Tracy Watkins on John Key

Tracy Watkins, in her last column as Stuff’s political editor, on John Key:

The Opposition worked hard to make it an issue of character but in the end Clark’s undoubted competence overrode that in the minds of most voters.

It was the same for John Key after National won in 2008 and he stepped into Clark’s shoes; Labour tried to chuck everything at diminishing his character in the eyes of voters.  Not much of it stuck – though like Clark, the accumulated baggage over time wore down his popularity.

And like Clark, Key also had his “scandal-gates” – ponytail-gate, where he joked around with a young waitress and pulled her hair, was probably the most damaging, because it shifted perceptions.

The hair pulling was weird, especially for a Prime Minister. Key was probably trying to be seen as an ordinary bloke sort of leader, which he often managed well, but this was out of line and yes, it was probably damaging.

I only caught the tailend of the Bolger era and Jenny Shipley’s brief reign as prime minister, but Helen Clark was a phenomenon – gritty, driven, determined, and hugely intelligent. She had an incredible grasp of detail and an amazing ability to weigh up an issue as she spoke.

Key had the same razor-sharp ability to think on his feet, and he and Clark were more similar than you might think in other ways; both were pragmatists who had an uncanny ability to sense when they were getting too far ahead of the electorate.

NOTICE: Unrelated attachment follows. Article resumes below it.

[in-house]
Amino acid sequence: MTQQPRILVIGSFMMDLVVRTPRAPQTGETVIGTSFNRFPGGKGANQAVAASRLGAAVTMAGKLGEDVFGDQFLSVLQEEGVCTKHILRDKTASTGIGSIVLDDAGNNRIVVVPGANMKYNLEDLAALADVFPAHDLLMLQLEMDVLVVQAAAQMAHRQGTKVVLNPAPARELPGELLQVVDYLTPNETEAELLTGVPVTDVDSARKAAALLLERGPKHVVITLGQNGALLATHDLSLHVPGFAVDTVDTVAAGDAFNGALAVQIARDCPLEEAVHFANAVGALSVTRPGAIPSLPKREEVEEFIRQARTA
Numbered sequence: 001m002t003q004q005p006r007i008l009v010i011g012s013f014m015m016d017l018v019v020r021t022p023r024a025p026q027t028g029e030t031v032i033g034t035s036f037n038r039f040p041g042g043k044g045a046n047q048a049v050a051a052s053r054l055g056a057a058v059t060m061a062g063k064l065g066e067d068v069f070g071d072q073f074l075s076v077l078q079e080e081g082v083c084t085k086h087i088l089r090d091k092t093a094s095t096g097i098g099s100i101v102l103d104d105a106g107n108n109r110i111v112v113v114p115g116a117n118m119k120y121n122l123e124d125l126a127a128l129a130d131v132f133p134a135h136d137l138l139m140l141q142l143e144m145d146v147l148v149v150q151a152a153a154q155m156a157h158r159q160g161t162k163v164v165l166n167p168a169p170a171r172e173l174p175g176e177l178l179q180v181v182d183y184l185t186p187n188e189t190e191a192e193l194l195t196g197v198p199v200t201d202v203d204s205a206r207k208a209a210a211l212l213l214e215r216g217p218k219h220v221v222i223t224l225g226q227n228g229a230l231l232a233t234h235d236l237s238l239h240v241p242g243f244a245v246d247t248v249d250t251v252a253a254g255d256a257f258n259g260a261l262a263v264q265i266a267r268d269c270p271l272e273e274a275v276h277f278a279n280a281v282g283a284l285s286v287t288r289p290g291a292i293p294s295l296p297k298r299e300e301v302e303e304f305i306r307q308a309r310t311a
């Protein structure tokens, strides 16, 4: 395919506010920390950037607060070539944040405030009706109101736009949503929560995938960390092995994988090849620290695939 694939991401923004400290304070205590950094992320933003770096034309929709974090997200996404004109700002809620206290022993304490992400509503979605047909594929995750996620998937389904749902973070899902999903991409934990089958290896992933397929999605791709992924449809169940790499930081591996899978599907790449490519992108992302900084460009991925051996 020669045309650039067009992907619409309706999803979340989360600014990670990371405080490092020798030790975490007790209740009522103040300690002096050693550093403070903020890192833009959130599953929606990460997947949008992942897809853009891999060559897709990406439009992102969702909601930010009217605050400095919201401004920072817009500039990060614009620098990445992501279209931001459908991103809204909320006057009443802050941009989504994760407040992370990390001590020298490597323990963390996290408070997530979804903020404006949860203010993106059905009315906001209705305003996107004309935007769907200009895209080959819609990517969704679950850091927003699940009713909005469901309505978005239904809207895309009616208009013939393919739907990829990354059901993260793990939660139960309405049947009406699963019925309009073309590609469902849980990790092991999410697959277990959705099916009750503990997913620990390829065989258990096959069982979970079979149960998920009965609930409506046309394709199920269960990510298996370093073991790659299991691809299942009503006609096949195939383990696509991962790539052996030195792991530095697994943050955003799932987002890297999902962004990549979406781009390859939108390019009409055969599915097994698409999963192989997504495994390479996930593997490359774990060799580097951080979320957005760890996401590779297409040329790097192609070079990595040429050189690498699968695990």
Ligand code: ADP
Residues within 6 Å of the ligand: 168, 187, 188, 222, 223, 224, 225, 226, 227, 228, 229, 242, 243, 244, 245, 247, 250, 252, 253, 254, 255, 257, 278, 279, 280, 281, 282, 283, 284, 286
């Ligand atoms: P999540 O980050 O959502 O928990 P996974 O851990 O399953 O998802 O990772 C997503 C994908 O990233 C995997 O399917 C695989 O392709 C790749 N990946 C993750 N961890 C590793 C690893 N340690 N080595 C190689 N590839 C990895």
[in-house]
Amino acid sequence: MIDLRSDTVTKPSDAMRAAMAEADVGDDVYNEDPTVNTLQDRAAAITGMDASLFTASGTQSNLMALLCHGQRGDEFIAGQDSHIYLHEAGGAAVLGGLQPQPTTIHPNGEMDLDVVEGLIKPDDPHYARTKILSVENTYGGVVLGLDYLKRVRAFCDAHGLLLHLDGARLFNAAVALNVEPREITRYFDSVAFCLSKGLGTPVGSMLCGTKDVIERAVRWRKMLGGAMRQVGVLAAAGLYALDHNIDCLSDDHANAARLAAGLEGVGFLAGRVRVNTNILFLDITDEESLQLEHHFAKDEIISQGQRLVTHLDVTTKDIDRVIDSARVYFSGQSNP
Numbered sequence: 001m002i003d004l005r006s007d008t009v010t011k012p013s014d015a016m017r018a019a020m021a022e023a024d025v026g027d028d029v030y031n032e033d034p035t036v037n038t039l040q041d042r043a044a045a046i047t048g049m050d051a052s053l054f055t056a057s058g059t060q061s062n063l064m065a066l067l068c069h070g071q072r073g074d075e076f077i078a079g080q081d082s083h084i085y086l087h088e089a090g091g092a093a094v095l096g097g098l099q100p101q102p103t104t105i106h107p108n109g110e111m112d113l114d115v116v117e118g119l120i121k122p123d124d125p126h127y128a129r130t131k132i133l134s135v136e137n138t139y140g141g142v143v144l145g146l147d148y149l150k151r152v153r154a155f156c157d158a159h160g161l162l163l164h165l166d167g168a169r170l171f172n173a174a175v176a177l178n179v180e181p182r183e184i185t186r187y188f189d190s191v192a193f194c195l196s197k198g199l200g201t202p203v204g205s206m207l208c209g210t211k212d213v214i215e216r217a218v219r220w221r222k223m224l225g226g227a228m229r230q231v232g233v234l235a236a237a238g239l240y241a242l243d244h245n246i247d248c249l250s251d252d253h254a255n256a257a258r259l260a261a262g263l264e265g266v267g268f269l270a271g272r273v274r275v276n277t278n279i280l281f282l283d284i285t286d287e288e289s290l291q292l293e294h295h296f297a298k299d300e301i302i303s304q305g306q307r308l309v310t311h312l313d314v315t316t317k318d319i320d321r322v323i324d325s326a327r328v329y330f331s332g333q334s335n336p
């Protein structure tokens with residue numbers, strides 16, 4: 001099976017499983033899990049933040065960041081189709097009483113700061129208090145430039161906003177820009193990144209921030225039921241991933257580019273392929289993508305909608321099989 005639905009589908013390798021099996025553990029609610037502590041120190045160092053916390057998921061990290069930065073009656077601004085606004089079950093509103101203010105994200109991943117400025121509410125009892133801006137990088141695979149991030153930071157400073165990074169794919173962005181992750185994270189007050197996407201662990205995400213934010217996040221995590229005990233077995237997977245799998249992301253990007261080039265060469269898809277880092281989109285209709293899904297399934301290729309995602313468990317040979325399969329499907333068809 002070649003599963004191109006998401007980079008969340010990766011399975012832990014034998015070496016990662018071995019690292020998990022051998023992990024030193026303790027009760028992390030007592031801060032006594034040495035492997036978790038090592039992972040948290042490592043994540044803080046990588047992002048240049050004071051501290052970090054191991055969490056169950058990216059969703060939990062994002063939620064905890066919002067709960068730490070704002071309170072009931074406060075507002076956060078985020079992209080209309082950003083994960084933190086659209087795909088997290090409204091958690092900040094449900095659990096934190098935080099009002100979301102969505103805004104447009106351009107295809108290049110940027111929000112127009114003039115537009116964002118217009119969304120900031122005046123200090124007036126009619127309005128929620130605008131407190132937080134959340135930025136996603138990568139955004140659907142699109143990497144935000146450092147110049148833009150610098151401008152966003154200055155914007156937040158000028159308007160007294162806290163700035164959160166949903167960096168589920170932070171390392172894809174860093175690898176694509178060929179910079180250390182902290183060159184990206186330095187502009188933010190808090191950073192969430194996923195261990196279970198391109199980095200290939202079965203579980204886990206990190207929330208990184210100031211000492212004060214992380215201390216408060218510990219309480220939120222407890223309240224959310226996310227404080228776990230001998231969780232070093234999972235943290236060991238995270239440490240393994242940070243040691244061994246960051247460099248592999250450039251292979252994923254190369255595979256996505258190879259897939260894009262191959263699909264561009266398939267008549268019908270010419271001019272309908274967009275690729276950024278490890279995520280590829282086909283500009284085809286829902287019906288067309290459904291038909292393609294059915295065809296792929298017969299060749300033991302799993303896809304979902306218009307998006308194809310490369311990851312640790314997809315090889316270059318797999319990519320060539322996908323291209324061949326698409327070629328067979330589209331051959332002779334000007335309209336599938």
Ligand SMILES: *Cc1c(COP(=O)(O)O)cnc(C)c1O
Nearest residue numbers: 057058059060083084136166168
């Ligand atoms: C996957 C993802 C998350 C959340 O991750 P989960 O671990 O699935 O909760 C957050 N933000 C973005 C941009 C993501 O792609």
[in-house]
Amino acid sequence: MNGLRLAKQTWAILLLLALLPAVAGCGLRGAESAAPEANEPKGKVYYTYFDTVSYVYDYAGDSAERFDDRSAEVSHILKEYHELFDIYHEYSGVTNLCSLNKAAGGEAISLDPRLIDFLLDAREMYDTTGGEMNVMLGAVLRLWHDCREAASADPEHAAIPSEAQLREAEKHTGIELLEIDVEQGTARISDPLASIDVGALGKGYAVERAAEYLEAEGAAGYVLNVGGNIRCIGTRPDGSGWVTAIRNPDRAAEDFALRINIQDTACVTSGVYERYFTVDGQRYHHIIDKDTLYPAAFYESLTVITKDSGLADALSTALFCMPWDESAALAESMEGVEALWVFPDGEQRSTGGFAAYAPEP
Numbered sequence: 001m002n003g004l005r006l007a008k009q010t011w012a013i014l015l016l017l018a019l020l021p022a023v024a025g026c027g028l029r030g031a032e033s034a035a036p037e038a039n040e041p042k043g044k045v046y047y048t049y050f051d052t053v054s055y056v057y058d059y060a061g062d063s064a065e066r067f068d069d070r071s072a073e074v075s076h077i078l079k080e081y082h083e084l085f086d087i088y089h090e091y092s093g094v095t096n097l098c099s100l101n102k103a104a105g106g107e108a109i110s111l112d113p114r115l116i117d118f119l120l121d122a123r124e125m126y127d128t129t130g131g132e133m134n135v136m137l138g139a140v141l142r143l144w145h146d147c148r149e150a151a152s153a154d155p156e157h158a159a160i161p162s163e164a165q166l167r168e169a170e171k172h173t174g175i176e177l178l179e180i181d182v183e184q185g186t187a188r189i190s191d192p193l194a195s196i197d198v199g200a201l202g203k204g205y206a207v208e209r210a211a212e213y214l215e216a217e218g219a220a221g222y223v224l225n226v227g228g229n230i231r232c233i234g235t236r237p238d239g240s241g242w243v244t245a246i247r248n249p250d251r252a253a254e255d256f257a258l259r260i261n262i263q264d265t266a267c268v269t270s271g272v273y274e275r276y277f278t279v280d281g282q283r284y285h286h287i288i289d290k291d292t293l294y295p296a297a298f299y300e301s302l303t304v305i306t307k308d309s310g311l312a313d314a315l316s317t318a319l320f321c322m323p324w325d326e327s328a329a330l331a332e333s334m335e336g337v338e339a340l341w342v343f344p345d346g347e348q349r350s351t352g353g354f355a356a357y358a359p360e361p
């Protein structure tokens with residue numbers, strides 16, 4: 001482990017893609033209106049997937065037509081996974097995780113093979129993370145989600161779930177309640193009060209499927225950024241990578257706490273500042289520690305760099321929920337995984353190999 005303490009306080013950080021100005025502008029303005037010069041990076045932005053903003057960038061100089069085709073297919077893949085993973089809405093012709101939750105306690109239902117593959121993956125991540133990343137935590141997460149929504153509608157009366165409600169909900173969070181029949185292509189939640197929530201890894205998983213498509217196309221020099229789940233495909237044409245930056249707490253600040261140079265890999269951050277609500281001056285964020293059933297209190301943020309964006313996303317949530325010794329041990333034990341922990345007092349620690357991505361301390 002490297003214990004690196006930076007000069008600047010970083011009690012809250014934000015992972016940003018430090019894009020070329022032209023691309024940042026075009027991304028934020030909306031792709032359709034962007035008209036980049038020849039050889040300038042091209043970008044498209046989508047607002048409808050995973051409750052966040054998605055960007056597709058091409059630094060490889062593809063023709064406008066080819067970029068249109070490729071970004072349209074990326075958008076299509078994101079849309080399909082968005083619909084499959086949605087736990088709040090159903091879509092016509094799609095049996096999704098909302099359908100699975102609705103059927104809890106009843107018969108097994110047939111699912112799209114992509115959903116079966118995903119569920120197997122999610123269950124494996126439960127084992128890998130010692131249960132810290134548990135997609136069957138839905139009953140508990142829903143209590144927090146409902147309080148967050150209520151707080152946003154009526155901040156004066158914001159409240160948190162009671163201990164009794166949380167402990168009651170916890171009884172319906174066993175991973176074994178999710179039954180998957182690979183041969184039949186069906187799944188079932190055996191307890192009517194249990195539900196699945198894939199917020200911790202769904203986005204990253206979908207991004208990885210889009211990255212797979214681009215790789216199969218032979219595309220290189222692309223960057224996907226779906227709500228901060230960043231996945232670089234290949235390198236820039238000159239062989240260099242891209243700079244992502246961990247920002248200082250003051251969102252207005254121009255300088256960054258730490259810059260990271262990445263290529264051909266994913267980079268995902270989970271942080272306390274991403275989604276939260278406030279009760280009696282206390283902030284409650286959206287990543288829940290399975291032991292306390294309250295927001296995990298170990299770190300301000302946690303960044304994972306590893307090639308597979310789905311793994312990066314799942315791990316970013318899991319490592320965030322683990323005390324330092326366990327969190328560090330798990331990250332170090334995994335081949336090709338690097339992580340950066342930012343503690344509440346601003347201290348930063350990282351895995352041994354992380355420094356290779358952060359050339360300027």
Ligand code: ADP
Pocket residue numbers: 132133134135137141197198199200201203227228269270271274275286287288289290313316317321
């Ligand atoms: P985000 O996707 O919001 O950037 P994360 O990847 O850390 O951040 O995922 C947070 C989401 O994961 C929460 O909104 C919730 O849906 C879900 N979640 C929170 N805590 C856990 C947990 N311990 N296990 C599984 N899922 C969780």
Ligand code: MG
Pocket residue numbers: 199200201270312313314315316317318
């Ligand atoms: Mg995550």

But Key’s humour was a welcome antidote to the increasing dourness of the Clark years; a man for the times as the dark clouds of the global financial crisis bore down on us.

Behind the humour and optimism was a sharp financial brain, coupled with an unparalleled ability to put politics and the economy in the context of the every-day voter.

Key’s legacy was shifting some of the blue-collar vote and the battling classes in the middle from Labour to National and it is one that continues today.

Key was a very successful leader, leading National to three election wins with high levels of support for a single party under MMP.

The main negative was probably due to his success – National lost potential support parties. When he stood down in 2016 National were still getting very good levels of support, but even though Blil English was seen as capable and ran a fairly good campaign, the single ACT MP, and an unwillingness to give too much to NZ First was not enough to compete with the surge in Labour support under new leader Jacinda Ardern, Greens keen to have their first shot in Government, and NZ First’s ability to take advantage of Labour’s and Green’s give up what it took to get into power.